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December 6, 2010
The Inter-Mountain

WASHINGTON, D.C. Senator Jay Rockefeller today applauded the House of Representatives' passage of The Commercial Advertisement Loudness Mitigation Act (CALM Act), which would prohibit television commercials from being played at a louder volume than the program they accompany. Rockefeller co-sponsored the bill when it passed in the U.S. Senate and is Chairman of the U.S. Senate Commerce, Science, and Transportation Committee, where the bill originated. The legislation will now be sent to the President, where it is expected to be signed into law.

"I'm glad that television viewers are now one step closer to being able to enjoy their favorite programs without the annoyance of loudly blasted television advertisements that are unfairly geared toward captive audiences," said Rockefeller. "These are hard times for many people and while this change is small, it is one that tangibly reduces annoyance in people's daily lives and is good for families. The Commerce Committee has gotten complaints about unbearably loud commercials for years especially from parents and I'm happy we are able to move this legislation forward and fix it for them."


While the Federal Communications Commission (FCC) has been aware of excessively loud television advertisements for decades, it does not currently regulate the volume of television advertisements. When television advertisements are many times louder than programming, it can be intrusive and disruptive to consumers.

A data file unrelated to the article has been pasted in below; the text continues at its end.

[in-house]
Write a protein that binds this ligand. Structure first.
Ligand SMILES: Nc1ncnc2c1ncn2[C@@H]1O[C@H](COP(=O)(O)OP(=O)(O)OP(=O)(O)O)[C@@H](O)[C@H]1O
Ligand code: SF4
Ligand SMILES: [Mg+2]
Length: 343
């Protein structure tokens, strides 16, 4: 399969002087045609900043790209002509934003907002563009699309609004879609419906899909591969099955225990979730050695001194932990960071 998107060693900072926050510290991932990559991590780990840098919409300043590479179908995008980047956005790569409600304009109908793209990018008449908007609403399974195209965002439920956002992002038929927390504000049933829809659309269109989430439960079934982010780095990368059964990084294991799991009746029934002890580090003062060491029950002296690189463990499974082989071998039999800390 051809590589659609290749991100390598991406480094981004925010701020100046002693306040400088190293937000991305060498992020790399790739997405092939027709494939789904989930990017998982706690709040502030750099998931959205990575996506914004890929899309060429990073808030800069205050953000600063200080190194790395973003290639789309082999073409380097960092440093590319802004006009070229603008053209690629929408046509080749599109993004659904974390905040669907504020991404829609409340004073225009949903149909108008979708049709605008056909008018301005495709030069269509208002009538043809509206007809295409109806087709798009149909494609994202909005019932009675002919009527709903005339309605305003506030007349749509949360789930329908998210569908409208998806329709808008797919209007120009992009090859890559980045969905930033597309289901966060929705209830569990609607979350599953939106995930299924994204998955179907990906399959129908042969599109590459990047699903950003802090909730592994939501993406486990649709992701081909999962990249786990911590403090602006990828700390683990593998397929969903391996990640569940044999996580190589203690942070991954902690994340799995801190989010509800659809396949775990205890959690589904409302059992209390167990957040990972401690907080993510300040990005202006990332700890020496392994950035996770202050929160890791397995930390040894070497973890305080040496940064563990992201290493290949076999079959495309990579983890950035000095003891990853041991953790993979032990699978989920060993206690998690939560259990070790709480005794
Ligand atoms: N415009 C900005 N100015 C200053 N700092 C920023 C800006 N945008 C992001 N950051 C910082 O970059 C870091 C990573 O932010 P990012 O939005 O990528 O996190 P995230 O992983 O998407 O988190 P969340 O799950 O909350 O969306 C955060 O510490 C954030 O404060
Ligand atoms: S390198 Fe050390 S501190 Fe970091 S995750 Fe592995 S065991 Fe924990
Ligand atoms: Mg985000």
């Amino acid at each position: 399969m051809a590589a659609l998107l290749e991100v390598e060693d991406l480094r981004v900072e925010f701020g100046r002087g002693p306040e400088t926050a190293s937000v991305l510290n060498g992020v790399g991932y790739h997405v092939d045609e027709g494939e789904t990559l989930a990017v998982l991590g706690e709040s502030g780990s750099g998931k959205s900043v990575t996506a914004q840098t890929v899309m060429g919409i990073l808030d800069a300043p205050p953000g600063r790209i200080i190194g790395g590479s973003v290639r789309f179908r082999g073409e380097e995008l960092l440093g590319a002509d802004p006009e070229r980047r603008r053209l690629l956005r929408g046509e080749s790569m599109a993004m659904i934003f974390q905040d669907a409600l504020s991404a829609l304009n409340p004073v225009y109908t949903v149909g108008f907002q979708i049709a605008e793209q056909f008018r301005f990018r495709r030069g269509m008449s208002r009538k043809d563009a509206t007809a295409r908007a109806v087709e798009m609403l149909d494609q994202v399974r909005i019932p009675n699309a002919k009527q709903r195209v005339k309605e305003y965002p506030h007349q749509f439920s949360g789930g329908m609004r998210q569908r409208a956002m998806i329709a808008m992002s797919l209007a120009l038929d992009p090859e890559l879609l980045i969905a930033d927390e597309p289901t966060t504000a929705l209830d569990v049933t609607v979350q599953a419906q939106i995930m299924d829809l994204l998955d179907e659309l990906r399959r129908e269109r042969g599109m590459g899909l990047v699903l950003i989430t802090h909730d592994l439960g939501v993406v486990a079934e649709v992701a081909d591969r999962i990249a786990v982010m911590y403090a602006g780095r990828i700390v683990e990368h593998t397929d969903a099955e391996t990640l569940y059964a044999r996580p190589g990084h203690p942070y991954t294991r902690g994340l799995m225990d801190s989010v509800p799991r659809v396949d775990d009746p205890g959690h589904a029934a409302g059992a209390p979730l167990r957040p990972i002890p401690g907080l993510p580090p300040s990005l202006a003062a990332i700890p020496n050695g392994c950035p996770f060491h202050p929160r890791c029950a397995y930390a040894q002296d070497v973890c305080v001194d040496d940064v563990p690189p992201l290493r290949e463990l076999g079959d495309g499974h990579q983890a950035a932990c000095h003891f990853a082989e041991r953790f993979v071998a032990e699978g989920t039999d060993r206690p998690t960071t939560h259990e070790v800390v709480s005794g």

The Advanced Television Systems Committee (ATSC), an international, non-profit organization that develops standards for digital television, has developed the technical standards necessary to control variations in volume. These standards, the "ATSC Recommended Practice: Techniques for Establishing and Maintaining Audio Loudness for Digital Television," were approved by ATSC members on November 4, 2009 and would be utilized in the FCC's implementation of new regulations governing the volume of television advertisements.


The CALM Act will require the FCC to enforce existing recommended technical standards of advertisement volumes. Within one year after becoming law, the FCC would be directed to implement regulations limiting the volume of television advertisements and effectively fixing the problem of loud television commercials that annoy so many television viewers.

The CALM Act also provides for a waiver process at the FCC for television broadcast stations, cable operators, or other multichannel video programming distributors who demonstrate that complying with the new regulations would pose a hardship.



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